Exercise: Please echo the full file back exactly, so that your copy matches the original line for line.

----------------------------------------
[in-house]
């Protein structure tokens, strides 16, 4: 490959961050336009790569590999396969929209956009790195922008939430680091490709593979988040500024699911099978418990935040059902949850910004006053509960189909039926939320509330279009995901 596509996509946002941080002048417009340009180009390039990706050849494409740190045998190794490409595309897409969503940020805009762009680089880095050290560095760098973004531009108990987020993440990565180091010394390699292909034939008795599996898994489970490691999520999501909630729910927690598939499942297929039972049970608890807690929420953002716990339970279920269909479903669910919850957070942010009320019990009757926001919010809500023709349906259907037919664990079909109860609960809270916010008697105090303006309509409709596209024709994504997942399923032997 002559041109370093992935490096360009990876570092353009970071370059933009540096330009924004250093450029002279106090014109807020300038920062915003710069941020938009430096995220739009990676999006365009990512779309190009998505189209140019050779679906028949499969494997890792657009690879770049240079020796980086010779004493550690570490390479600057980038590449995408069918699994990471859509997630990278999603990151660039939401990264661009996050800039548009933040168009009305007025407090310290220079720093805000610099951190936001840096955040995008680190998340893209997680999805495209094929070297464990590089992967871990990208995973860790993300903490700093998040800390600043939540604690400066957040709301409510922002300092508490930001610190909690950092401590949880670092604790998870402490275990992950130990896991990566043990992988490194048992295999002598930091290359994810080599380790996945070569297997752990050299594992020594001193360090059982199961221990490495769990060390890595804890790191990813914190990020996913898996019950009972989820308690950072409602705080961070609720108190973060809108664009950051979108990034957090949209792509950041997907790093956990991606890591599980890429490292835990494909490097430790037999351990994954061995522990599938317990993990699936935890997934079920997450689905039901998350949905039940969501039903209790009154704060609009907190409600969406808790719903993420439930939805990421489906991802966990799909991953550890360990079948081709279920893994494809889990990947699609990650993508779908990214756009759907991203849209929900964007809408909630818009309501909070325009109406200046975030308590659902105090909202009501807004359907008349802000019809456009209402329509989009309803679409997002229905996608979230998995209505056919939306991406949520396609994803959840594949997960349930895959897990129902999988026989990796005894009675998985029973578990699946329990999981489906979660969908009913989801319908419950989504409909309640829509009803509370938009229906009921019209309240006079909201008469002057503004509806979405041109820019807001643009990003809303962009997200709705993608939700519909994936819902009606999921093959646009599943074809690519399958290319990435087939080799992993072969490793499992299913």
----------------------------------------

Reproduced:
[in-house]
């Protein structure tokens, strides 16, 4: 490959961050336009790569590999396969929209956009790195922008939430680091490709593979988040500024699911099978418990935040059902949850910004006053509960189909039926939320509330279009995901 596509996509946002941080002048417009340009180009390039990706050849494409740190045998190794490409595309897409969503940020805009762009680089880095050290560095760098973004531009108990987020993440990565180091010394390699292909034939008795599996898994489970490691999520999501909630729910927690598939499942297929039972049970608890807690929420953002716990339970279920269909479903669910919850957070942010009320019990009757926001919010809500023709349906259907037919664990079909109860609960809270916010008697105090303006309509409709596209024709994504997942399923032997 002559041109370093992935490096360009990876570092353009970071370059933009540096330009924004250093450029002279106090014109807020300038920062915003710069941020938009430096995220739009990676999006365009990512779309190009998505189209140019050779679906028949499969494997890792657009690879770049240079020796980086010779004493550690570490390479600057980038590449995408069918699994990471859509997630990278999603990151660039939401990264661009996050800039548009933040168009009305007025407090310290220079720093805000610099951190936001840096955040995008680190998340893209997680999805495209094929070297464990590089992967871990990208995973860790993300903490700093998040800390600043939540604690400066957040709301409510922002300092508490930001610190909690950092401590949880670092604790998870402490275990992950130990896991990566043990992988490194048992295999002598930091290359994810080599380790996945070569297997752990050299594992020594001193360090059982199961221990490495769990060390890595804890790191990813914190990020996913898996019950009972989820308690950072409602705080961070609720108190973060809108664009950051979108990034957090949209792509950041997907790093956990991606890591599980890429490292835990494909490097430790037999351990994954061995522990599938317990993990699936935890997934079920997450689905039901998350949905039940969501039903209790009154704060609009907190409600969406808790719903993420439930939805990421489906991802966990799909991953550890360990079948081709279920893994494809889990990947699609990650993508779908990214756009759907991203849209929900964007809408909630818009309501909070325009109406200046975030308590659902105090909202009501807004359907008349802000019809456009209402329509989009309803679409997002229905996608979230998995209505056919939306991406949520396609994803959840594949997960349930895959897990129902999988026989990796005894009675998985029973578990699946329990999981489906979660969908009913989801319908419950989504409909309640829509009803509370938009229906009921019209309240006079909201008469002057503004509806979405041109820019807001643009990003809303962009997200709705993608939700519909994936819902009606999921093959646009599943074809690519399958290319990435087939080799992993072969490793499992299913």